New York City, NY
On the occasion of the newly expanded Cafe 3, the Guggenheim presents an installation by Julien Bismuth, a contemporary artist whose conceptual works address issues of cross-cultural communication and explore the relationship between writing and image making. Bismuth’s series An image as a surface (2014), for example, depicts the artist’s hands as he tears, folds, or crumples a sheet of paper. When considered together, these movements seem to build a language of hand signals. Screenprinted directly onto the wall—the screen displayed nearby documents this process—each piece blurs the distinction between the surfaces of the original paper, the museum’s architecture, and the image itself.
Also on view are wallpapered prints that reference French anthropologist Claude Lévi-Strauss’s studies of indigenous societies in Brazil. To create these works, Bismuth traced designs from historical photographs of Caduveo body paintings and combined them to produce new patterns. This process echoes the way anthropologists historically identified and isolated cultural differences in order to draw broader conclusions about a society. One of the patterns comes from markings made by a Nambikwara chief who mimicked Lévi-Strauss’s act of writing in an attempt to assert his own power—an example of the complex and unpredictable outcomes that can emerge from cultural exchange.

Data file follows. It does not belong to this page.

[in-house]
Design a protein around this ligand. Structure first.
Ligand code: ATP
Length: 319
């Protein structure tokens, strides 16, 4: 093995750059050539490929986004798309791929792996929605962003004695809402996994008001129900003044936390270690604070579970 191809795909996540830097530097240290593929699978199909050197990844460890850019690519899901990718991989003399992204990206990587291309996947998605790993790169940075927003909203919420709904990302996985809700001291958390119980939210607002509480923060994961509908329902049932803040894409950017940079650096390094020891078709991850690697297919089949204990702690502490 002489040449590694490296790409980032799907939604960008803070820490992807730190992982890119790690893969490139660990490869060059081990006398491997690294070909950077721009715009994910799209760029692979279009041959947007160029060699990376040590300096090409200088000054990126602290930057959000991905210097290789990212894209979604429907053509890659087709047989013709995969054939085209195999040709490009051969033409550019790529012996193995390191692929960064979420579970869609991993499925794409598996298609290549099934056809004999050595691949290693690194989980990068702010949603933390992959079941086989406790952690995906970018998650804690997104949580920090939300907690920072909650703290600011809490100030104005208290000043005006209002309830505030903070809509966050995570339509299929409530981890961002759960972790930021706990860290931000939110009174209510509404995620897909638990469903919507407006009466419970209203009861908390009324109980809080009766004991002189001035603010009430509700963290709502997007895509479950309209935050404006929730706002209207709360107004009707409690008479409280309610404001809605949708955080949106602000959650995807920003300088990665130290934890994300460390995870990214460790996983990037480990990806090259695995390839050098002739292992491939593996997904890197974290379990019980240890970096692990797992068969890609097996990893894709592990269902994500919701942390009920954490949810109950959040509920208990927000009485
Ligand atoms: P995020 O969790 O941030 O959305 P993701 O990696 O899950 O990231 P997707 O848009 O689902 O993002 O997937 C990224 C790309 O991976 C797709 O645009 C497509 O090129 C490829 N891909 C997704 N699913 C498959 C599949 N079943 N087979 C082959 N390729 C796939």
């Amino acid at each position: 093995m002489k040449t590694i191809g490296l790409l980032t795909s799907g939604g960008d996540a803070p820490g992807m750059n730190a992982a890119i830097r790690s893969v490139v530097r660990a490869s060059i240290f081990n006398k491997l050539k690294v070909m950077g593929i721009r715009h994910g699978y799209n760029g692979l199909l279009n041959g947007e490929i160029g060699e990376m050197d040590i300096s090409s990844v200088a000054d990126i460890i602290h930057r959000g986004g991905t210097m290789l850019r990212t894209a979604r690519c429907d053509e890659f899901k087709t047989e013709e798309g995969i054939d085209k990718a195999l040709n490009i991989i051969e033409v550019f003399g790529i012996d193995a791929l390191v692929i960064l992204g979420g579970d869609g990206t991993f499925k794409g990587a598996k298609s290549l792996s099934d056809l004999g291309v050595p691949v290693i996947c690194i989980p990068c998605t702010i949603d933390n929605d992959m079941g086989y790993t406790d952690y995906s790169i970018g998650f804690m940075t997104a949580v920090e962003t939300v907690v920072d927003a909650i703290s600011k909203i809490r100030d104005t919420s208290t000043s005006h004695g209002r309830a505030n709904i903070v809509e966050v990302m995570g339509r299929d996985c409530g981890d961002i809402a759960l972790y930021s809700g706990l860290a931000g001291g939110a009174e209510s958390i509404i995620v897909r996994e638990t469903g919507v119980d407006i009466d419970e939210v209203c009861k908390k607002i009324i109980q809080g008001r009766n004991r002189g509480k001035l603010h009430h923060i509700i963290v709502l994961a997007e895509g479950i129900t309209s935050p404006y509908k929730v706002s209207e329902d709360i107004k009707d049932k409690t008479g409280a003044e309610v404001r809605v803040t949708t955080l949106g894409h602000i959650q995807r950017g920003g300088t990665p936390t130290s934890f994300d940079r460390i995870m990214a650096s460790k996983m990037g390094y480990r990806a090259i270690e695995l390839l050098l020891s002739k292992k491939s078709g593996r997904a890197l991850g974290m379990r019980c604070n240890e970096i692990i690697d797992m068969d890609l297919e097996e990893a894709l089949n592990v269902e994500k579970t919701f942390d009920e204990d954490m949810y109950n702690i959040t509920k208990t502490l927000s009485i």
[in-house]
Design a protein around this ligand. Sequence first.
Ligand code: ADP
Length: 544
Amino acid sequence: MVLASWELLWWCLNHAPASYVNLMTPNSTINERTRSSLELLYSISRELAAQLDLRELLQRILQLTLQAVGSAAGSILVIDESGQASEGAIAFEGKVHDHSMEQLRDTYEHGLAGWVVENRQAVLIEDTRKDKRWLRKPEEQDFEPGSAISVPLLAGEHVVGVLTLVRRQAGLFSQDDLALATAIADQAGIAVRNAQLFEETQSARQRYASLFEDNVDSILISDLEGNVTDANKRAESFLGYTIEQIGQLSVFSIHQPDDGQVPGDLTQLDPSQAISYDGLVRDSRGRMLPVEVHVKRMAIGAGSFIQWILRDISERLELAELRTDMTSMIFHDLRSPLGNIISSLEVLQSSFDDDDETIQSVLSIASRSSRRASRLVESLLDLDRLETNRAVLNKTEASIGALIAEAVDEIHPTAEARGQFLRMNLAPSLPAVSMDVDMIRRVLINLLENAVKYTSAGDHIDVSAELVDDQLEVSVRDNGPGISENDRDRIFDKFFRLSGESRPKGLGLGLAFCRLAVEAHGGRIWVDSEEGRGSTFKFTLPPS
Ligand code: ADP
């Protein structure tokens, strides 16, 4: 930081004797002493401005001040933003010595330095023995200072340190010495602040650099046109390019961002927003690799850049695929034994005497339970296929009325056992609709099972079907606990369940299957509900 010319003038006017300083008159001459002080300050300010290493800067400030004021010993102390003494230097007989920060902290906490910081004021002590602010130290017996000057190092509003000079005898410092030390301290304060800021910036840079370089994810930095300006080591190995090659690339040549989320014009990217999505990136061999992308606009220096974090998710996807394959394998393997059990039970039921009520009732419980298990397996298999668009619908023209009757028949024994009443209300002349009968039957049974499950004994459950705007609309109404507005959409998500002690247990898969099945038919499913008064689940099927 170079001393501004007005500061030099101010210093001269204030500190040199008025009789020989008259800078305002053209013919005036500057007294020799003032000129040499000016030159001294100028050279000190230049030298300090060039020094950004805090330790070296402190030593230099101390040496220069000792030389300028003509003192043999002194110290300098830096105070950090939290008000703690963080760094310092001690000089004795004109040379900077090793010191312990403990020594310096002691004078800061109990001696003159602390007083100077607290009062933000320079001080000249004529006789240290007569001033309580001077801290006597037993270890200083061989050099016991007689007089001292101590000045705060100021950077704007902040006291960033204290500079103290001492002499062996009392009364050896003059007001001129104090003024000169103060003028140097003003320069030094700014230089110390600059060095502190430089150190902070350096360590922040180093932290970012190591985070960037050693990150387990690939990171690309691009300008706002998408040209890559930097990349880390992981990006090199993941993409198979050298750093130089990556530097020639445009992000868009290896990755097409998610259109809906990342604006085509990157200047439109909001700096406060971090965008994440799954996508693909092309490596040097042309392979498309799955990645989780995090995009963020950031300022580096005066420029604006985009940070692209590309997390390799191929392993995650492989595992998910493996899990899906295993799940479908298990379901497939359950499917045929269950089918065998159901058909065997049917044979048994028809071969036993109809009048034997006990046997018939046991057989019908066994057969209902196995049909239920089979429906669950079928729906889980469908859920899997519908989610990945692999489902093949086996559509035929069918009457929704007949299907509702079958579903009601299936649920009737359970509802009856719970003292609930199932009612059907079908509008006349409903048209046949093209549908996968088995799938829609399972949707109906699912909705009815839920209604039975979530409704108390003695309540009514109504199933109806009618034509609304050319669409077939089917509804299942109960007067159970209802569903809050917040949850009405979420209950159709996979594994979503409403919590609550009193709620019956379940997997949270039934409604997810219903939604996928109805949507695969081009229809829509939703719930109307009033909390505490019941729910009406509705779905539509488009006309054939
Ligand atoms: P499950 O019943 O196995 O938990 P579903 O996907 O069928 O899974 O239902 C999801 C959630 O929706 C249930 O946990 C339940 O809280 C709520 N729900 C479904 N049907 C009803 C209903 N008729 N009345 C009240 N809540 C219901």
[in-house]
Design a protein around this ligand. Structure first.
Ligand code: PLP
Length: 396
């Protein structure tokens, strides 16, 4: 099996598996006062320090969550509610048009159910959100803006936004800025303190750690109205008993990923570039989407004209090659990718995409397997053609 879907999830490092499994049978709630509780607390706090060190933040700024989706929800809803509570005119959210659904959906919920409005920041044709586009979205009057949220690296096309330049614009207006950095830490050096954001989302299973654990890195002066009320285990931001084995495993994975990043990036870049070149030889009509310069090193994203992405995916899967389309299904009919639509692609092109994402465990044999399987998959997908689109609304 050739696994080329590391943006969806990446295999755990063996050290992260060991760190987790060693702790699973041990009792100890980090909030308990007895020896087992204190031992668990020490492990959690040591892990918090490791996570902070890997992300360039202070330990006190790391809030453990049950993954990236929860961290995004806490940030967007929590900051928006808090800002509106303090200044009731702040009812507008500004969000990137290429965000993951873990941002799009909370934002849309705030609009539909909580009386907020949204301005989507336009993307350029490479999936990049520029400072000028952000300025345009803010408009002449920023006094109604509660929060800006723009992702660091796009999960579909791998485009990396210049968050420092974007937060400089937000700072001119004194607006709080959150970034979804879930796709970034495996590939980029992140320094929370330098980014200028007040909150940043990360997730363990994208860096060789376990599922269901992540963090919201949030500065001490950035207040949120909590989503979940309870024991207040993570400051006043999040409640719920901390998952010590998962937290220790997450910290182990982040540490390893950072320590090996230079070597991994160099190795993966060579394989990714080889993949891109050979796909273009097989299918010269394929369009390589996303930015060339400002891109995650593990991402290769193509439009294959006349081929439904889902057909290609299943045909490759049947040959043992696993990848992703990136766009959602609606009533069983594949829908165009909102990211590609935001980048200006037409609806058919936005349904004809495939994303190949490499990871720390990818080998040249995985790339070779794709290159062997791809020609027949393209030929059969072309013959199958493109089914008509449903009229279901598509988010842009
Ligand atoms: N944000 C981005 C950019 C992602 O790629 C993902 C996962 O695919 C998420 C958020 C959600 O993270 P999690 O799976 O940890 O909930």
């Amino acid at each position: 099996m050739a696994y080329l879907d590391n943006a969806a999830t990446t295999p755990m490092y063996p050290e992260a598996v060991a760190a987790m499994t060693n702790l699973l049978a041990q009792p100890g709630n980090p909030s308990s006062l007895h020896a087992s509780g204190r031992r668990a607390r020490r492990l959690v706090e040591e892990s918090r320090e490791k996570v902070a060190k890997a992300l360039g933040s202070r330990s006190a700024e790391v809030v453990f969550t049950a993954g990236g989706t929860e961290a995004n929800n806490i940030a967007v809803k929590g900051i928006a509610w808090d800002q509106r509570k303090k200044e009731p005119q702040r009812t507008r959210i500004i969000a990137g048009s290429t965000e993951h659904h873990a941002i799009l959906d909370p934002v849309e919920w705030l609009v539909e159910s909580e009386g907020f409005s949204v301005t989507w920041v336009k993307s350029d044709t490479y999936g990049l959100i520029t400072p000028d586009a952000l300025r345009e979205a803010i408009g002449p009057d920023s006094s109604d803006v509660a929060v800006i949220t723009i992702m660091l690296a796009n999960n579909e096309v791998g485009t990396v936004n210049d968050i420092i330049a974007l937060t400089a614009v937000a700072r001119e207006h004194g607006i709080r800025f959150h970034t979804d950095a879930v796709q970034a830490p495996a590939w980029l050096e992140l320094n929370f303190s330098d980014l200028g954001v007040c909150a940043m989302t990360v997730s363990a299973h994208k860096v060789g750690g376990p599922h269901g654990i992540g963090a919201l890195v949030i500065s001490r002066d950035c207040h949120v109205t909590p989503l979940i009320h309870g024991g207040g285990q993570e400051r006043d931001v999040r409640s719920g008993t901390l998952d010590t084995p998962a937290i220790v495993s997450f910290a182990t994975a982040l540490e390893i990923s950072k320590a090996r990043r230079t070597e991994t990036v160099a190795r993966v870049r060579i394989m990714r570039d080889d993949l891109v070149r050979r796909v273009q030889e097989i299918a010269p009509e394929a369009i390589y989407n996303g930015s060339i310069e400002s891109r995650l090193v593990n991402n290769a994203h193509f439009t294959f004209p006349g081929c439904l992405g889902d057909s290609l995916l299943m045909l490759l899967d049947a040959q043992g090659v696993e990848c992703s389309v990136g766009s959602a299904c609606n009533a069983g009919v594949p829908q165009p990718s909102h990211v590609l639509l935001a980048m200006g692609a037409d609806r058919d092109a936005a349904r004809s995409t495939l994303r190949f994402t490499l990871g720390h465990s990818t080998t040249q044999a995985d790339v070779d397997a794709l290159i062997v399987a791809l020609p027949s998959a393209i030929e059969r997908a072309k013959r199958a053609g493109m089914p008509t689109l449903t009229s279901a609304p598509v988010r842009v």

Born in Paris in 1973, Bismuth studied visual art at the University of California, Los Angeles, as well as comparative literature at Princeton University in New Jersey. In 2014 the Guggenheim acquired his piece An image as a surface dubbed (2014), which is presented in the museum for the first time. Bismuth lives and works in New York.
Credit: Exhibition overview from museum website.